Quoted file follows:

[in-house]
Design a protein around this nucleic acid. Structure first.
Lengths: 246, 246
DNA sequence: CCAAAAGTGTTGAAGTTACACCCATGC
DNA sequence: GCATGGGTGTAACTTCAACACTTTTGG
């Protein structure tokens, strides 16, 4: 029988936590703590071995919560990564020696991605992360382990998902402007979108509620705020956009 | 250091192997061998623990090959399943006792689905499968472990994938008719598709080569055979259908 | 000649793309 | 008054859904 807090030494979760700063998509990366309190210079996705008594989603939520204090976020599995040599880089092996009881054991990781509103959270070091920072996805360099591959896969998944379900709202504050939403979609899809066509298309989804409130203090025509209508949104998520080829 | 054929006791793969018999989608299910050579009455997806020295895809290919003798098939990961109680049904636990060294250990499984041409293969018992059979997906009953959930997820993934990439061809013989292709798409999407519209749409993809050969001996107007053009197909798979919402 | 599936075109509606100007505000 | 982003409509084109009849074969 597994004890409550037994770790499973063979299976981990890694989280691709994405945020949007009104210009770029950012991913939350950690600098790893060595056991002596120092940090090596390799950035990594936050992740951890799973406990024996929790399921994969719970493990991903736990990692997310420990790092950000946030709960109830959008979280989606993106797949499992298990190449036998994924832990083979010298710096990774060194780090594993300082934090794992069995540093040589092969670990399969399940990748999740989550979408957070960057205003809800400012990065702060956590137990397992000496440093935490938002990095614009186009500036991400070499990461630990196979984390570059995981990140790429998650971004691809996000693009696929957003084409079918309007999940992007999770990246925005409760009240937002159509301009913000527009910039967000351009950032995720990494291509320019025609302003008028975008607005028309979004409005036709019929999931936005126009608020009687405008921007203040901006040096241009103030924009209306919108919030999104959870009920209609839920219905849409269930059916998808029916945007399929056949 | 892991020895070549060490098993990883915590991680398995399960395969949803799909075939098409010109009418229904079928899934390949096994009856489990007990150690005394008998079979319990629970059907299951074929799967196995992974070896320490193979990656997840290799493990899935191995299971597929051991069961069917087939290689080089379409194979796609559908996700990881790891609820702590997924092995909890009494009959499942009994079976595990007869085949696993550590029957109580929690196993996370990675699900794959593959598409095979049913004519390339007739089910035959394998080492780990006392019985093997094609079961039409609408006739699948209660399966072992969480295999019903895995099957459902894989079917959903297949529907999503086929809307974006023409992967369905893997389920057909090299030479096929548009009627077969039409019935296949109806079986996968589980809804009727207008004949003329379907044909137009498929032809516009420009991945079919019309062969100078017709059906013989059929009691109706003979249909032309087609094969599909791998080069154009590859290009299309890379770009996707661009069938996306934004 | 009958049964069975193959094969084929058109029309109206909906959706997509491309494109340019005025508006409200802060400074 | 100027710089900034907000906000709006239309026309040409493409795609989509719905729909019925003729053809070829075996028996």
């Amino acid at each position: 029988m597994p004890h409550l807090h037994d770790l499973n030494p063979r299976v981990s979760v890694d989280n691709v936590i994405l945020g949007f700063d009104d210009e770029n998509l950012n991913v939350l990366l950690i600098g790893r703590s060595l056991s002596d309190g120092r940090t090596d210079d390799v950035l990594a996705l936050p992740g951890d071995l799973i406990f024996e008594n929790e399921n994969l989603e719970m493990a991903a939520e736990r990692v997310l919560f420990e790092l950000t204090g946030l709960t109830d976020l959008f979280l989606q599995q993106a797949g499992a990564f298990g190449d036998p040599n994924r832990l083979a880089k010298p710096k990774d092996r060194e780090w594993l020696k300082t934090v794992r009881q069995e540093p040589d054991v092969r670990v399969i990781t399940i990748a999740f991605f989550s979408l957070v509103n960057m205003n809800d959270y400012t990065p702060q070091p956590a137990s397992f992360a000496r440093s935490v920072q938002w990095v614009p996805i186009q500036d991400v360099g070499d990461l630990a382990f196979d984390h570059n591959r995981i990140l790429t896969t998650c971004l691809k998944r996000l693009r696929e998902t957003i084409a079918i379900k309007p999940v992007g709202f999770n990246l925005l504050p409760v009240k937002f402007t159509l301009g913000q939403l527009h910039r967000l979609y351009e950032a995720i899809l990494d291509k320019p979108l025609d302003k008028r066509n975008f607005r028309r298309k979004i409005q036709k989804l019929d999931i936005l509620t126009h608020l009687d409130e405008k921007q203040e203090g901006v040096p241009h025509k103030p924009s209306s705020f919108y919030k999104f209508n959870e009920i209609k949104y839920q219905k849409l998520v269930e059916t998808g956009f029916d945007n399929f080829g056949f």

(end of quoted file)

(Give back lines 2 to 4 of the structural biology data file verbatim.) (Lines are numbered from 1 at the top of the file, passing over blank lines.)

Design a protein around this nucleic acid. Structure first.
Lengths: 246, 246
DNA sequence: CCAAAAGTGTTGAAGTTACACCCATGC